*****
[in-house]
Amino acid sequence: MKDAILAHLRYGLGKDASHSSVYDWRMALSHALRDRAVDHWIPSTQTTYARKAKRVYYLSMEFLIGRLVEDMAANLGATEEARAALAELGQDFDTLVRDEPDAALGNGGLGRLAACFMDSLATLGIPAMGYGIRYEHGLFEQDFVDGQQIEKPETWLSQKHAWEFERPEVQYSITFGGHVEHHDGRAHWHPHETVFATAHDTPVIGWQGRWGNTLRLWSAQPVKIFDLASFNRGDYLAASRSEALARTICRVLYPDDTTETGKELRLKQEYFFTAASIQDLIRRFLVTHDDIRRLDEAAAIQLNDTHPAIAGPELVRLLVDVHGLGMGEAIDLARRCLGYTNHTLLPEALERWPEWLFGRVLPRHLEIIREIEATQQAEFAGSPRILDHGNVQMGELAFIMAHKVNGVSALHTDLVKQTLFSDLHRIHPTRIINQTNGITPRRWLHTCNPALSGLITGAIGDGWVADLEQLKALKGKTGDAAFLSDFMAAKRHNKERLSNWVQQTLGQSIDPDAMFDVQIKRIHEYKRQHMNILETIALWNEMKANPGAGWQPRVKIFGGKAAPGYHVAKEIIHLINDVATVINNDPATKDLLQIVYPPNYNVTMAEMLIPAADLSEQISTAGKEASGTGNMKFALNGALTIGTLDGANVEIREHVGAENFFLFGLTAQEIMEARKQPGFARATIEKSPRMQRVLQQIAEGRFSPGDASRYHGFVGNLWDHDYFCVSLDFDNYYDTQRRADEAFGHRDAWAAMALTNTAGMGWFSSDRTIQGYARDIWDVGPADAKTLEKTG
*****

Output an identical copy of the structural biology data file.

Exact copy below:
[in-house]
Amino acid sequence: MKDAILAHLRYGLGKDASHSSVYDWRMALSHALRDRAVDHWIPSTQTTYARKAKRVYYLSMEFLIGRLVEDMAANLGATEEARAALAELGQDFDTLVRDEPDAALGNGGLGRLAACFMDSLATLGIPAMGYGIRYEHGLFEQDFVDGQQIEKPETWLSQKHAWEFERPEVQYSITFGGHVEHHDGRAHWHPHETVFATAHDTPVIGWQGRWGNTLRLWSAQPVKIFDLASFNRGDYLAASRSEALARTICRVLYPDDTTETGKELRLKQEYFFTAASIQDLIRRFLVTHDDIRRLDEAAAIQLNDTHPAIAGPELVRLLVDVHGLGMGEAIDLARRCLGYTNHTLLPEALERWPEWLFGRVLPRHLEIIREIEATQQAEFAGSPRILDHGNVQMGELAFIMAHKVNGVSALHTDLVKQTLFSDLHRIHPTRIINQTNGITPRRWLHTCNPALSGLITGAIGDGWVADLEQLKALKGKTGDAAFLSDFMAAKRHNKERLSNWVQQTLGQSIDPDAMFDVQIKRIHEYKRQHMNILETIALWNEMKANPGAGWQPRVKIFGGKAAPGYHVAKEIIHLINDVATVINNDPATKDLLQIVYPPNYNVTMAEMLIPAADLSEQISTAGKEASGTGNMKFALNGALTIGTLDGANVEIREHVGAENFFLFGLTAQEIMEARKQPGFARATIEKSPRMQRVLQQIAEGRFSPGDASRYHGFVGNLWDHDYFCVSLDFDNYYDTQRRADEAFGHRDAWAAMALTNTAGMGWFSSDRTIQGYARDIWDVGPADAKTLEKTG